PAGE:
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International Shipping

Posted: Jun 18, 2010 11:26 am
by Yankee

I'm not sure if this is the right place for this post, but I think so since it's related to the business aspect of your website.

In selling martial arts certificates and name seals on my website, I've pretty much exclusively dealt with domestic orders. However, I recently received an inquiry about selling to a customer in Germany. I'm willing to do so, but I wanted to ask you if you had any advice or could offer any insight as far as what to expect when shipping overseas in general and to Germany specifically.

I'm basically wondering if there's anything I should account for, such as added customs costs, taxes, red tape, etc., that a newcomer to the international market might not foresee.

Thanks in advance,


Posted: Jun 18, 2010 5:55 pm
by Gary
It should be no problem. Just declare them as "documents" and use a rigid envelope. There will not be any customs issues (except maybe in Italy).

The USPS has a flat rate envelope that ships virtually anywhere in the world for a commercial rate of $12.78
This takes 6-10 days.

The USPS also has what they now call "First Class Mail International" (everyone else in the world calls this "air mail" or "air parcel post"). A 5 ounce envelope goes anywhere in Europe for $4.60. This takes about 2 weeks, but once in a while can take 3 weeks.

To get the commercial rate for Priority Mail, you can use USPS click-n-ship:
You just print the labels and customs forms right from your laser printer. But you will want to get some of the label/document blisters for free from the USPS (you can order those supplies from the website). If you put the label and customs forms in the blister and attach it to the envelope, you can throw it on the counter at the post office (without standing in line) or just hand it to your mail carrier.

If you start to do a lot of FCMI (First Class Mail International), you might want to get an account from You can't prepare the FCMI labels via the USPS's Click-n-Ship (because and have lobbied them not to). It's $17.95 per month, so wait until your volume makes that worthwhile. Without, you'll have to take your hand-labeled packages and stand in line at the post office to get that cheap FCMI rate. Get a stack of the green customs forms so you can pre-fill those before you get to the post office.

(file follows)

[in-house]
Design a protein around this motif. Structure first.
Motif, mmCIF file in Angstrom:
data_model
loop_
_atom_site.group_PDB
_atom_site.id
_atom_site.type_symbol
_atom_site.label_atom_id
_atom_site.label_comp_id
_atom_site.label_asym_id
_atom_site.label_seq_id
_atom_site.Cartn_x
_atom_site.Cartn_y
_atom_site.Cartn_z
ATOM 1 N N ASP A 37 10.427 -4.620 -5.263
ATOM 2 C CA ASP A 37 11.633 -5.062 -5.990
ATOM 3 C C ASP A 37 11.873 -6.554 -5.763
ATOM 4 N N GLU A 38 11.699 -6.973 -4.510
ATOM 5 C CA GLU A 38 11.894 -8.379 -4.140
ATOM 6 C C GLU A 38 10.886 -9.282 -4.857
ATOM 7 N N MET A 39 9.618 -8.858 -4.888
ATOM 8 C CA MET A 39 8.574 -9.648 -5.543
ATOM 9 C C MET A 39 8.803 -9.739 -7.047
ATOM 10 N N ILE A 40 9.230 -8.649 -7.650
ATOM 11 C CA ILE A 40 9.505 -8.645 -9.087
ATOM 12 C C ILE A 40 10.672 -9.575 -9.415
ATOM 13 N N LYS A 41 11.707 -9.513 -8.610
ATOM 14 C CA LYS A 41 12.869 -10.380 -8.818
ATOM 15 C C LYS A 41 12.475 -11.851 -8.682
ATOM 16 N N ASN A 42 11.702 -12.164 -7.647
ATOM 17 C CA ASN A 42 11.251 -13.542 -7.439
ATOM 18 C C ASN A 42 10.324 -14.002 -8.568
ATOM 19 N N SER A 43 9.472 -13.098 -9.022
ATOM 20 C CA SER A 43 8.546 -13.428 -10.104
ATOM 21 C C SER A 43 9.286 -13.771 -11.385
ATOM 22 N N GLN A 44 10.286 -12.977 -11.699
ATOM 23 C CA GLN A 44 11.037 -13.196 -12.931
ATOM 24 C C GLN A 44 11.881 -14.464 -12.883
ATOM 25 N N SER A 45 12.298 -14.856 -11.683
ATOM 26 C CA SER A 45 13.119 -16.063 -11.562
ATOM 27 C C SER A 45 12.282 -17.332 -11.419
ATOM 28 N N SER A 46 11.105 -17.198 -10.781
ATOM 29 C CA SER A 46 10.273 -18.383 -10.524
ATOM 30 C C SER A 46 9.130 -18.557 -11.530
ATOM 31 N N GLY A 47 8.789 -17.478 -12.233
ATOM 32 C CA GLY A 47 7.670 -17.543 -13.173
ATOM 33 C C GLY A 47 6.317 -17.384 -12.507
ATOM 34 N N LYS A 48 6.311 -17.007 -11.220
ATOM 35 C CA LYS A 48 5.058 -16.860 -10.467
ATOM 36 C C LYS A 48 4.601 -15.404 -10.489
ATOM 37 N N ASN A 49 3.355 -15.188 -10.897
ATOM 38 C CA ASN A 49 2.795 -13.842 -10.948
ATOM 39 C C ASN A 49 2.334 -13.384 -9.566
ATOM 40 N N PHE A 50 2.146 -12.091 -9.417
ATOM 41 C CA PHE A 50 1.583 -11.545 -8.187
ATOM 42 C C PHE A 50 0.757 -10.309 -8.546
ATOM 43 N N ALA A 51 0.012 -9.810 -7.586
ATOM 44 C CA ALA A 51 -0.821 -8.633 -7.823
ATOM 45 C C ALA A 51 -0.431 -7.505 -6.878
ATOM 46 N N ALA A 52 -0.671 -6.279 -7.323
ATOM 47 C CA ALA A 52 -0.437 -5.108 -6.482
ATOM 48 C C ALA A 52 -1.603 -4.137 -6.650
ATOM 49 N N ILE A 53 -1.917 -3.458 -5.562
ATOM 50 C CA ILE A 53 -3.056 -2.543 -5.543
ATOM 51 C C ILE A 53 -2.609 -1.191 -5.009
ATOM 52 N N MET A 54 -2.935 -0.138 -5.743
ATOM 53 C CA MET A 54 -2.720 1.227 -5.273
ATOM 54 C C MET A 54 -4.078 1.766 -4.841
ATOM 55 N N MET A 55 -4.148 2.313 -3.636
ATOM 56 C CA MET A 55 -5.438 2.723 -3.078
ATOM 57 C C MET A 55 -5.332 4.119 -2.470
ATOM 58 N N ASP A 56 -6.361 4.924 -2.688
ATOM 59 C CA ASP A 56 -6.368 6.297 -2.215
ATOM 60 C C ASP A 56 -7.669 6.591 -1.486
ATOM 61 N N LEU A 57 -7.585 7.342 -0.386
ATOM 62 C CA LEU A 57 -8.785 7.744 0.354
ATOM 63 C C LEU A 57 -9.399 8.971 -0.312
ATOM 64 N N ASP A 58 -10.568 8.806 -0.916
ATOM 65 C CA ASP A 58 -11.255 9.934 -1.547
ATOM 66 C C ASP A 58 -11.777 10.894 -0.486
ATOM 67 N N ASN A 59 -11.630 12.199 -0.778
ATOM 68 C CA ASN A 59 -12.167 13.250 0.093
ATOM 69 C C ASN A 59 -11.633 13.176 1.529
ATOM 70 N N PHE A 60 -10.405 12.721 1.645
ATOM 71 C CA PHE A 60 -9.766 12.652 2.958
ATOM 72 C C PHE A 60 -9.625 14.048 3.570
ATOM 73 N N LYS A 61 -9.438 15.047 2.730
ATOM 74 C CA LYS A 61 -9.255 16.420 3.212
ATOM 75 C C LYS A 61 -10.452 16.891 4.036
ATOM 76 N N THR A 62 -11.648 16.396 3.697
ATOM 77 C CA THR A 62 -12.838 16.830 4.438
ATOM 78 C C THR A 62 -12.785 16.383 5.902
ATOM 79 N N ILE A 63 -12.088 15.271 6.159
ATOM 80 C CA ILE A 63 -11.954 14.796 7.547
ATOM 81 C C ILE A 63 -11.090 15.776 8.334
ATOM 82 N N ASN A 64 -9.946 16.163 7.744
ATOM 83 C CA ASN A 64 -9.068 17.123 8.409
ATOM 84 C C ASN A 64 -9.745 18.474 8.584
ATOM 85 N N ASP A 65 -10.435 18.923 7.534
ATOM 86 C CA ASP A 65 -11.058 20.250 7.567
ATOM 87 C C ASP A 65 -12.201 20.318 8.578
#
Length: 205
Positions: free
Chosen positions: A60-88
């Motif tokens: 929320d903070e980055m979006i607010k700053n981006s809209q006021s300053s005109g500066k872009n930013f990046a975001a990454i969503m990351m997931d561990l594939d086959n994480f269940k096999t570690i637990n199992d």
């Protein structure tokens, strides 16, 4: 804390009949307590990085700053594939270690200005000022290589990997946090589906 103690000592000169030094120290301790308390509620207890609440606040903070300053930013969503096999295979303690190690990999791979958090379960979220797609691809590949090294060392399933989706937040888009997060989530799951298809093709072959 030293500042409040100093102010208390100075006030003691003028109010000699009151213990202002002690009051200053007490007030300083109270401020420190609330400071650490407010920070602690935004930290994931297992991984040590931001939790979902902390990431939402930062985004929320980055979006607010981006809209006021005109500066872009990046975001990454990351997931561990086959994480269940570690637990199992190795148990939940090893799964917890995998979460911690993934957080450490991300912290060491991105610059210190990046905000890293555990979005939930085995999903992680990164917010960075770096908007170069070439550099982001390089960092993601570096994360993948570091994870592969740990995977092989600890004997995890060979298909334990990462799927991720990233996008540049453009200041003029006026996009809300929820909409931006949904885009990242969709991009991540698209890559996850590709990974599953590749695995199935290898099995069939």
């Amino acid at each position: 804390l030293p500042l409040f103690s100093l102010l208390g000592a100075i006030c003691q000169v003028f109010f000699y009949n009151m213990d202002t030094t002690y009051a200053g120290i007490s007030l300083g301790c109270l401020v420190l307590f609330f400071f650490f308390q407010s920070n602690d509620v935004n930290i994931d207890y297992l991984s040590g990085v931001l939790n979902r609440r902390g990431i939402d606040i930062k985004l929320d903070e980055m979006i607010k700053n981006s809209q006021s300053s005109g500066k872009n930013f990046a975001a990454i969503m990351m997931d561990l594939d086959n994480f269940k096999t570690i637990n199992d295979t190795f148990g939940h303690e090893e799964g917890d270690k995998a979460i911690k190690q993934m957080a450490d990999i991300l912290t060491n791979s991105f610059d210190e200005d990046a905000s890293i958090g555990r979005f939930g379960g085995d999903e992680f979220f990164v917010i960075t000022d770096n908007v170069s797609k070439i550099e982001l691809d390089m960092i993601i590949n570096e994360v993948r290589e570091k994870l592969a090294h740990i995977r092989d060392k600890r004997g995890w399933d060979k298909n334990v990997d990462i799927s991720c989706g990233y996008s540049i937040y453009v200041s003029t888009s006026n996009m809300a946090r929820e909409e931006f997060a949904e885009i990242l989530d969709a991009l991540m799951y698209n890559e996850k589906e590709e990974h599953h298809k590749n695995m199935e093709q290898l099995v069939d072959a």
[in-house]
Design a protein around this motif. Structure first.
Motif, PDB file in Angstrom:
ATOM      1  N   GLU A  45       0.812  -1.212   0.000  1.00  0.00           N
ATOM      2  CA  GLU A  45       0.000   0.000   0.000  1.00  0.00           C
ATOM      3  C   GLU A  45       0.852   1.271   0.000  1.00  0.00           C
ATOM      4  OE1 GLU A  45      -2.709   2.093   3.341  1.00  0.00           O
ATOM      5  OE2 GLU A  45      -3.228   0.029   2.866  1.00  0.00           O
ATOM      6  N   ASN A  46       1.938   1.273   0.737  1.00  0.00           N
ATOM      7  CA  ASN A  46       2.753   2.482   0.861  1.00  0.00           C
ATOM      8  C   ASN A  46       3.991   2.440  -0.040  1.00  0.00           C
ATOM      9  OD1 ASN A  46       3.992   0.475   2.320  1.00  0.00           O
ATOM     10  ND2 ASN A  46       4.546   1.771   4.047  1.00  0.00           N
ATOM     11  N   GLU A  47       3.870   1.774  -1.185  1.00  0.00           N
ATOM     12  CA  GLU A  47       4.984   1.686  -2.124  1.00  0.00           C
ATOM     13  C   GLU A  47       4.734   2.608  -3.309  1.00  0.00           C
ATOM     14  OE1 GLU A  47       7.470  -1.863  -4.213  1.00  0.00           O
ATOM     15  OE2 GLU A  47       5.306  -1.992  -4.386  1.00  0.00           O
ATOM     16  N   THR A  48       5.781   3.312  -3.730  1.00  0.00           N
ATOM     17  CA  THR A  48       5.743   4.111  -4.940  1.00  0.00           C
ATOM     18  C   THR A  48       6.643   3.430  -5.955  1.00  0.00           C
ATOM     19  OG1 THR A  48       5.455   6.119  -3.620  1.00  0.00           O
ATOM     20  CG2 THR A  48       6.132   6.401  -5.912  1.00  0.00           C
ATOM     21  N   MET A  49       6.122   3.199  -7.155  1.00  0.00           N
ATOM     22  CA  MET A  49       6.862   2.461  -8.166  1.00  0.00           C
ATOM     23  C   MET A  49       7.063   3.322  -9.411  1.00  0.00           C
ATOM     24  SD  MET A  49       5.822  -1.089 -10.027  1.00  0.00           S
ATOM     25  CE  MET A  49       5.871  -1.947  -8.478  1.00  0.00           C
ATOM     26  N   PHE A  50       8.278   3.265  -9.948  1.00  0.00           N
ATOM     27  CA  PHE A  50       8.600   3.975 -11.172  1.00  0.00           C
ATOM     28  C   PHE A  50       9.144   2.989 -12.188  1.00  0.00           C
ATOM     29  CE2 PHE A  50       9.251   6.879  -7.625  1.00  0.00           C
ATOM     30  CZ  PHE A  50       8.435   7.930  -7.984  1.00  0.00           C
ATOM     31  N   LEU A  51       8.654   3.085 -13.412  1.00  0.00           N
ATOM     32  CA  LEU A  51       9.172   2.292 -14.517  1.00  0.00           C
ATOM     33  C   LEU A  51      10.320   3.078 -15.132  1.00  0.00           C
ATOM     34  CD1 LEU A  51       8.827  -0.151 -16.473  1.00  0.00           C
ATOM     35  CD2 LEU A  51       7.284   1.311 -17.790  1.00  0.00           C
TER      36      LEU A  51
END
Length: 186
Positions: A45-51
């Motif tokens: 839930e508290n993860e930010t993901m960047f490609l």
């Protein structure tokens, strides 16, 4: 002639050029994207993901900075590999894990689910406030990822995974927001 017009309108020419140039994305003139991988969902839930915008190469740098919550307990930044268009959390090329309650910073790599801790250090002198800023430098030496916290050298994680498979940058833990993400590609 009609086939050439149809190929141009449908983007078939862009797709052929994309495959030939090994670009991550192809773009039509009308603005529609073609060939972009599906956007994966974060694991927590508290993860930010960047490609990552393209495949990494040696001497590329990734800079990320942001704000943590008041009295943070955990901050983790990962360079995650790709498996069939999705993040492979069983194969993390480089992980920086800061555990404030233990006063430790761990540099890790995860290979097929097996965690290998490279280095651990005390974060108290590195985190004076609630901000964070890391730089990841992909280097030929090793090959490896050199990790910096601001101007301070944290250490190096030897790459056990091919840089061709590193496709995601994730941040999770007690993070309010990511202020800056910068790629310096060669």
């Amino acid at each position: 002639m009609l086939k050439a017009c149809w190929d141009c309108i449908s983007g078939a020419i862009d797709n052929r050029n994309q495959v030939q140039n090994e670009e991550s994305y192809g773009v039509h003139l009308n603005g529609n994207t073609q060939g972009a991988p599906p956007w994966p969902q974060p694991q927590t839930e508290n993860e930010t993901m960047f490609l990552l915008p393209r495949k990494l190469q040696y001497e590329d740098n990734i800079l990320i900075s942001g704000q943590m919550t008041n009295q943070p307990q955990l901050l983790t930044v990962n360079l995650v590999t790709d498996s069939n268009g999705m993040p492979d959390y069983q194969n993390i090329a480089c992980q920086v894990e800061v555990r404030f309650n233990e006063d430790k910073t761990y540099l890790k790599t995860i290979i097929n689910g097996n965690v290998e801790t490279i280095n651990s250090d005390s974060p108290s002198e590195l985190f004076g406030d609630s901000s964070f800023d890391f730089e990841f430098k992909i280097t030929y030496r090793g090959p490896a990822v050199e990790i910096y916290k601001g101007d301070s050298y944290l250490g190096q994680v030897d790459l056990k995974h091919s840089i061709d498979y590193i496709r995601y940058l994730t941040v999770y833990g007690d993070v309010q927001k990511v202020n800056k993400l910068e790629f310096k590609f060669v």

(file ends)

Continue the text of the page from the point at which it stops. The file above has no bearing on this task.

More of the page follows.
FYI: Everything I noted for prices above are even cheaper for items sent to Canada.


Posted: Jun 20, 2010 11:19 am
by Yankee
Thanks, Gary.

This information was very helpful.


Posted: Dec 5, 2011 5:09 am
by csimmons
I would like to ask how you handle shipments on those countries which are known to heavily rely on import items to charge them with tax. I have experienced quite a number of complaints how some couriers charge them so much, even at times more than the amount they paid the item for. They certainly understand that that is beyond my control but they are asking for alternatives.

Posted: Dec 5, 2011 12:18 pm
by Gary
Use the mail instead of the corporate couriers. The postage will cost less, and they are less likely to apply large tariffs, duties, or VAT (depending on the country you are shipping to).

We slip through a tax loophole, as hand-painted artwork is duty-free in most western countries. Printed artwork such as posters will be taxed, but handmade artwork is not. Strange rules I know.